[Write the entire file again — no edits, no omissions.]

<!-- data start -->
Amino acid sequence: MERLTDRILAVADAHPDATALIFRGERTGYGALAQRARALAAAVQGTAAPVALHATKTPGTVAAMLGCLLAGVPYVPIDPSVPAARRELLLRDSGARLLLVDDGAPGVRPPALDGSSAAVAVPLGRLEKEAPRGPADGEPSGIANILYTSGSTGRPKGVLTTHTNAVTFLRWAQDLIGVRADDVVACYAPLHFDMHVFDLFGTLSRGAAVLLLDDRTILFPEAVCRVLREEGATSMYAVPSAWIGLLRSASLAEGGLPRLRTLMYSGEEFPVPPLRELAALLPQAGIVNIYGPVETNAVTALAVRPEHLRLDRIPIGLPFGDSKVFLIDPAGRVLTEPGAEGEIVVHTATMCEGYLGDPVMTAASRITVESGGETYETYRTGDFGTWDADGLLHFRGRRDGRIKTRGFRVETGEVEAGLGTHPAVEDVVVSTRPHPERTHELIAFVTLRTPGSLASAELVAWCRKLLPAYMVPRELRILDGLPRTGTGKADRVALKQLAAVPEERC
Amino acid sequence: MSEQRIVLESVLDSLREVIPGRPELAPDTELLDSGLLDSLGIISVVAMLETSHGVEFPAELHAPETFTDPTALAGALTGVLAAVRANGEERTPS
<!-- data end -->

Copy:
Amino acid sequence: MERLTDRILAVADAHPDATALIFRGERTGYGALAQRARALAAAVQGTAAPVALHATKTPGTVAAMLGCLLAGVPYVPIDPSVPAARRELLLRDSGARLLLVDDGAPGVRPPALDGSSAAVAVPLGRLEKEAPRGPADGEPSGIANILYTSGSTGRPKGVLTTHTNAVTFLRWAQDLIGVRADDVVACYAPLHFDMHVFDLFGTLSRGAAVLLLDDRTILFPEAVCRVLREEGATSMYAVPSAWIGLLRSASLAEGGLPRLRTLMYSGEEFPVPPLRELAALLPQAGIVNIYGPVETNAVTALAVRPEHLRLDRIPIGLPFGDSKVFLIDPAGRVLTEPGAEGEIVVHTATMCEGYLGDPVMTAASRITVESGGETYETYRTGDFGTWDADGLLHFRGRRDGRIKTRGFRVETGEVEAGLGTHPAVEDVVVSTRPHPERTHELIAFVTLRTPGSLASAELVAWCRKLLPAYMVPRELRILDGLPRTGTGKADRVALKQLAAVPEERC
Amino acid sequence: MSEQRIVLESVLDSLREVIPGRPELAPDTELLDSGLLDSLGIISVVAMLETSHGVEFPAELHAPETFTDPTALAGALTGVLAAVRANGEERTPS